Massachusetts Labor Law Guide


A comprehensive guide to Massachusetts labor laws: Covering key topics including minimum wage regulations, overtime provisions, mandated breaks, hiring and termination procedures and other miscellaneous employment laws.

Key Takeaways

  • The minimum wage in Massachusetts for regular employees is $15.00 per hour.
  • Tipped employees in Massachusetts must receive a base wage of $6.75 per hour, provided their total earnings, including tips, meet $15.00 per hour.
  • Massachusetts state law mandates overtime pay after an employee works more than 40 hours in a single workweek. This requires employers to pay at a rate of 1.5 times the employee’s regular hourly wage for every hour worked beyond the standard 40 hours.
  • In Massachusetts, employees who work shifts longer than six hours are entitled to a 30-minute meal break.
  • Child labor hours in Massachusetts vary based on the child’s age and whether the employer adheres to the Fair Labor Standards Act.
  • The state aligns with Occupational Safety and Health Administration (OSHA) standards for workplace safety.
  • The state follows the Family and Medical Leave Act (FMLA) to ensure workers have job-protected leave for certain family and medical situations.
  • The Massachusetts Commission Against Discrimination forbids job discrimination based on factors such as race, color, religion, sex, national origin, disability and age, among others.
  • The state observes the “employment at will” principle, allowing both employers and employees to end employment anytime, provided the reasons aren’t illegal.
  • The state mandates that final paychecks should be given immediately upon termination. If the employee resigns, their final paycheck must be given on the next regular payday.

Minimum Wage Regulations in Massachusetts

The minimum wage regulations in Massachusetts ensure fair pay, fostering economic security for the state’s workforce. These regulations include defined hourly wages for both standard and tipped employees.

Regular Employees

The minimum wage in Massachusetts has been on a steady upward trajectory, with the state witnessing a 5.26% increase compared to the previous year.

[Source: FRED]
This graph is interactive. Hover your mouse over different parts of the graph to see detailed data.

Currently, in Massachusetts, the minimum wage for regular employees is $15.00 per hour. You can also compare Massachusetts minimum wage with the minimum wage in other US states by interacting with the map below.

[Source: FRED]
This map is interactive. Hover your mouse over different parts of the map to see detailed data.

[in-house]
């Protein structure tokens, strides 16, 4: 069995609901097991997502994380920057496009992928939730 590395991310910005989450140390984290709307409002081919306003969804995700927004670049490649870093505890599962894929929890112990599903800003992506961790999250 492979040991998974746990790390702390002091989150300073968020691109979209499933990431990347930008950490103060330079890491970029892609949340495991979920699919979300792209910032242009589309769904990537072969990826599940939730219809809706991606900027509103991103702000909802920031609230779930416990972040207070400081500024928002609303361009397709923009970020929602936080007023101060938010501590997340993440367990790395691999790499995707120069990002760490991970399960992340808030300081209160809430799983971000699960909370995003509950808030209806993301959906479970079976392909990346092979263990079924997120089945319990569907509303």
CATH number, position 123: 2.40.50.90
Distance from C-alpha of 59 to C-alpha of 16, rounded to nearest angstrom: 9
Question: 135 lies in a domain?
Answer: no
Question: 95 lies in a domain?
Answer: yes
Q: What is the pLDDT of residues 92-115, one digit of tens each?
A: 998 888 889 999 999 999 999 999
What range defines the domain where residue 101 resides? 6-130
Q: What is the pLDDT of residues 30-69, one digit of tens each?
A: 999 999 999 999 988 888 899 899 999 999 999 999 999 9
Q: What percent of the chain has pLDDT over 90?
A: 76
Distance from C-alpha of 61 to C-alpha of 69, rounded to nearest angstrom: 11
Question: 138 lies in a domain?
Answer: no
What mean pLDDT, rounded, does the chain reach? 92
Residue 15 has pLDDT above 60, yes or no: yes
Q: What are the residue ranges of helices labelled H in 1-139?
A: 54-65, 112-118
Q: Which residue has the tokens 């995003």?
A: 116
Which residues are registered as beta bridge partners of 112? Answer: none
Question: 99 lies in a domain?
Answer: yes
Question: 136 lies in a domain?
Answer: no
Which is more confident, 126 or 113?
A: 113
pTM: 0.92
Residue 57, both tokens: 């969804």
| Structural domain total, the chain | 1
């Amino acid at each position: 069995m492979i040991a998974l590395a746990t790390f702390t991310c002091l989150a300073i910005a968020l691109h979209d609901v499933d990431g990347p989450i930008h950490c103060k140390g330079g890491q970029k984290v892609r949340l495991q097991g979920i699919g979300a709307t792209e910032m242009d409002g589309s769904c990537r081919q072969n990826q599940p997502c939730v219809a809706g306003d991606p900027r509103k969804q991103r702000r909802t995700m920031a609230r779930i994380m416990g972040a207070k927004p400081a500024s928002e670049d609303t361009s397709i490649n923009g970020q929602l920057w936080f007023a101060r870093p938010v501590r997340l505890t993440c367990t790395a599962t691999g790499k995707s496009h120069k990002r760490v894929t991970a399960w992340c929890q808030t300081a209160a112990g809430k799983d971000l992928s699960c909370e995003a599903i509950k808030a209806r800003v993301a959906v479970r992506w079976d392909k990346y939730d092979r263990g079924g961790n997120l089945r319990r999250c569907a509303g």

Tipped Employees

In Massachusetts, tipped employees are required to receive a base pay of $6.75 per hour, as long as their total earnings — including tips — amount to a minimum of $15 per hour.

The state allows employers to conduct tip pooling, in which employees contribute some of their tips to a shared pot, which is then distributed among the rest of the team.

However, keep in mind that only service bartenders, wait staff and other service employees can participate in tip pooling, as they directly interact with customers.

When discussing wages, it’s important to keep in mind the taxes for complete financial clarity. Our Massachusetts Paycheck Calculator gives you an estimate of your earnings after accounting for taxes and deductions, in adherence to your state’s tax laws.

Paycheck Calculator
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Your estimated take home pay:
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Disclaimer: Please note that this paycheck calculator is designed to provide an estimate and should not be considered as professional tax advice. The actual withholding amounts and taxes owed may vary depending on individual circumstances and other factors. For accurate and personalized tax advice, we recommend consulting with a tax professional.

If your gross pay is 0 per - in the state of F, your net pay (or take home pay) will be $1,343.17 after tax deductions of 0% (or $ 156.83). Deductions include a total of [1] 0% (or $0.00) for the federal income tax, [2] 0% (or $0.00) for the state income tax, [3] 6.20% (or $0.00) for the social security tax and [4] 1.45% (or $0.00) for Medicare.

The Federal Income Tax is collected by the government and is consistent across all U.S. regions. In contrast, the State Income Tax is levied by the state of residence and work, leading to substantial variations. The Social Security Tax is used to fund Social Security, which benefits retirees, persons with disabilities and survivors of deceased workers. Medicare involves a federal payroll tax designated for the Medicare insurance program. As of 2022, Alaska, Florida, Nevada, New Hampshire, South Dakota, Tennessee, Texas, Washington and Wyoming do not levy a state income tax.

Overtime Rules and Regulations in Massachusetts

Overtime rules and regulations in Massachusetts are designed to ensure that workers are fairly compensated for working extended hours.

In Massachusetts, both state and Federal law requires overtime pay once an employee has worked 40 hours within a week.

Nonexempt Employees

Standard employees typically receive 1.5 times their standard hourly rate for any hours worked beyond 40 in a week.

In Massachusetts, the overtime compensation is set at 1.5 times the employee's regular rate

For example, if an employee earns $15 per hour and works 45 hours in a week, they will receive their standard rate for the first 40 hours ($600) and 1.5 times that rate or $22.50 per hour, for the additional 5 hours ($112.50).

This would result in a total weekly pay of $712.50.

Exempt Employees

In Massachusetts, exempt employees are not entitled to receive overtime pay for working over 40 hours in a week.

Exemptions include:

  • Executive, administrative and professional employees who meet certain salary and duty criteria
  • Certain seasonal workers in recreational or agricultural settings
  • Workers in specific roles in retail or service establishments, based on their compensation structure and job duties
  • Employees in certain transportation sectors, such as taxi drivers or certain railroad employees
  • Independent contractors who are not considered employees under Massachusetts law
  • Agricultural and farm workers, due to the seasonal nature of their work

Under the Fair Labor Standards Act (FLSA), the salary for exempt employees should be at least $684 per week.

Break Periods in Massachusetts